Analysis of Adjacent Track Erasure in the HAMR Media

Niranjan A. Natekarand, R. H. Victora

Research output: Contribution to journalArticlepeer-review

8 Scopus citations


Writing closely spaced tracks in the cross-track direction helps increase the storage density but leads to erasure of the adjacent tracks. This phenomenon is called adjacent track erasure (ATE). This article aims to establish the presence and numerical extent of ATE in different heat-assisted magnetic recording (HAMR) media. We find that thermal exchange coupled composite (ECC) media can be more susceptible to ATE compared with single layer FePt media of equivalent thickness. We implement optimization techniques to reduce the ATE in different media and increase the recording signal to noise ratio (SNR) in this process. While the ATE in single layer FePt media seems to be relatively impervious to changes in the applied field angle, small field angles appear to reduce the ATE for the high T_{c} thermal ECC media. However, small angle also reduces the SNR, leading to the conclusion that 30° actually yields the best SNR even in the presence of overwrite. Introducing a finite intergranular exchange coupling improves the writing performance of the single layer FePt and reduces the ATE. We rigorously calculate the thermal decay constant and use it to evaluate the performance of pulsed laser recording. Finally, we establish a hypothesis that helps explain the presence of ATE in different HAMR media. We believe the ATE is proportional to the thermal stability factor at a temperature just below the write temperature. The proposed hypothesis correctly predicts the ATE in the single layer FePt media assuming coherent rotation. Our results can help increase the HAMR storage density and make HAMR media resistant to the ATE.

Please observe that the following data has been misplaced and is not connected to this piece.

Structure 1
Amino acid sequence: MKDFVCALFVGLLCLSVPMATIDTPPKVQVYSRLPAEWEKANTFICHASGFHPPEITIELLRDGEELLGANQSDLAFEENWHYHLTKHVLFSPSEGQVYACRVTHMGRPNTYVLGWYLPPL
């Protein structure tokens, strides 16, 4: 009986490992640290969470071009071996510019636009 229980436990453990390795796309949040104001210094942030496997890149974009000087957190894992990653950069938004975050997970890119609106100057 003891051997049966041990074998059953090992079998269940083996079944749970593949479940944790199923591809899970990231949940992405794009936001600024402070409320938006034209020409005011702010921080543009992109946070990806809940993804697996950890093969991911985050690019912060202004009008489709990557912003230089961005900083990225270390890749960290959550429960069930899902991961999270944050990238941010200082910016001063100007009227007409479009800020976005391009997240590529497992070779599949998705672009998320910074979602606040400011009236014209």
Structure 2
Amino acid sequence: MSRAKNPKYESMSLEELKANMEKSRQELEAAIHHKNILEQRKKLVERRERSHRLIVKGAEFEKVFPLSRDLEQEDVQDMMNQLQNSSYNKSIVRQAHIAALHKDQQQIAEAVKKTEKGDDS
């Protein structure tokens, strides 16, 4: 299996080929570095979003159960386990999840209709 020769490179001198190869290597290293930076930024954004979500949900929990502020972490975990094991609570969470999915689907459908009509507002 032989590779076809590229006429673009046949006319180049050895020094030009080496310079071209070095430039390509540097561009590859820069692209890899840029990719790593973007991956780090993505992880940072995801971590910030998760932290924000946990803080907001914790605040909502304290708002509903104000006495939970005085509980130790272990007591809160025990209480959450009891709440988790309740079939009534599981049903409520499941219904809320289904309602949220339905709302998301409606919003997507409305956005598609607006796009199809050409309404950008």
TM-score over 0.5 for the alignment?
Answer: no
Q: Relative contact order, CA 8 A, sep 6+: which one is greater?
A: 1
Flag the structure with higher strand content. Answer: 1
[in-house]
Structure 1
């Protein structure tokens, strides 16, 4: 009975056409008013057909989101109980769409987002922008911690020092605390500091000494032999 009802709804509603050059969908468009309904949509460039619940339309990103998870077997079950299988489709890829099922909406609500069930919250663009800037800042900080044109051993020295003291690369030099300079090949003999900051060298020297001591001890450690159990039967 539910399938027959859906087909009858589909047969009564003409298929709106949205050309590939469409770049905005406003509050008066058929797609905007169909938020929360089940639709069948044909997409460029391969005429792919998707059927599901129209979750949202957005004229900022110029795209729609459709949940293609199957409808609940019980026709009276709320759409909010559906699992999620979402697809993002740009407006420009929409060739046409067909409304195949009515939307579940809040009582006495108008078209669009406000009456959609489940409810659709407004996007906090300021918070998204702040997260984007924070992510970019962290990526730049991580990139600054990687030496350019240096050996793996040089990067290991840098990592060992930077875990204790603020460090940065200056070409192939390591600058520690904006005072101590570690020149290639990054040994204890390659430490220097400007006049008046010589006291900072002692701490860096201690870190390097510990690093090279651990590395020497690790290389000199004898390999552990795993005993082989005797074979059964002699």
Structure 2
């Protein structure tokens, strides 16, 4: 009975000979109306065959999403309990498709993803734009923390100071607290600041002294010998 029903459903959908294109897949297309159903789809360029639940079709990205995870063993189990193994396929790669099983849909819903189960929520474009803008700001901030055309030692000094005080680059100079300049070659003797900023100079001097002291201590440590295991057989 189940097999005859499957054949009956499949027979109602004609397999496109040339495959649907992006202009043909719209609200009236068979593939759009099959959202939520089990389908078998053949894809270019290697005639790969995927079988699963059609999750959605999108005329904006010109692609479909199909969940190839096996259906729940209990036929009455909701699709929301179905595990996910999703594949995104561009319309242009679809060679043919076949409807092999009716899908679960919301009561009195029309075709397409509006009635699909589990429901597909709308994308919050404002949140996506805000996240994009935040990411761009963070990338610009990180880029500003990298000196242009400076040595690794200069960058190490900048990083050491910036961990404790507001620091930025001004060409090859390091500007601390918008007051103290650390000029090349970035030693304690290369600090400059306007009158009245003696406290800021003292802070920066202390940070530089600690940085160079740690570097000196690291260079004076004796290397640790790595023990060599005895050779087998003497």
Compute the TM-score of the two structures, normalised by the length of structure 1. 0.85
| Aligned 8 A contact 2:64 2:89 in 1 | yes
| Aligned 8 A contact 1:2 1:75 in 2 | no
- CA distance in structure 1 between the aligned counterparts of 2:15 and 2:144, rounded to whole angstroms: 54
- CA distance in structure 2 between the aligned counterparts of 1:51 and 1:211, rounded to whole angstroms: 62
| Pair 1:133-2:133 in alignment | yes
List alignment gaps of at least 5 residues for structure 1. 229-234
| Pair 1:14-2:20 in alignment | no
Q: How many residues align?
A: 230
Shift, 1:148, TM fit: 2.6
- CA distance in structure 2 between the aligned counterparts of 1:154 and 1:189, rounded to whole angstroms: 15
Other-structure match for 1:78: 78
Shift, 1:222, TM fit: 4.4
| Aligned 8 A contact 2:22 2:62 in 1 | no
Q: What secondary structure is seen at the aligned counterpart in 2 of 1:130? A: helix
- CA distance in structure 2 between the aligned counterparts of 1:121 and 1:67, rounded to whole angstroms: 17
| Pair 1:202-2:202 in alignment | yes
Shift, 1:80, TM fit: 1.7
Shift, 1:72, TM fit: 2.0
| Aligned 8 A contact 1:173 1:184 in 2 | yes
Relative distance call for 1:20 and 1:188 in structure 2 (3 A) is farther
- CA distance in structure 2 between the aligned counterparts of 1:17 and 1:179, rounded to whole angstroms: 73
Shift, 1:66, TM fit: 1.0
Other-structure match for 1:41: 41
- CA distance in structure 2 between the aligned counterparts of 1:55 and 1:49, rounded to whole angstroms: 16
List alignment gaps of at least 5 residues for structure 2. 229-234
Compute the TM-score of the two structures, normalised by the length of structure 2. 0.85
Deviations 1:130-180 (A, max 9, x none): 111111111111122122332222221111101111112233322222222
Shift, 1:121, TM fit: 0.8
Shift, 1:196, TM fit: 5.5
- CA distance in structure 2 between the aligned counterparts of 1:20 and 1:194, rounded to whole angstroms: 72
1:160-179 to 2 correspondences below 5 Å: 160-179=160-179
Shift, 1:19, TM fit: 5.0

Original languageEnglish (US)
Article number9261441
JournalIEEE Transactions on Magnetics
Issue number3
StatePublished - Mar 2021

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  • Adjacent track erasure (ATE)
  • FePt
  • exchange coupled composite (ECC)
  • heat-assisted magnetic recording (HAMR)


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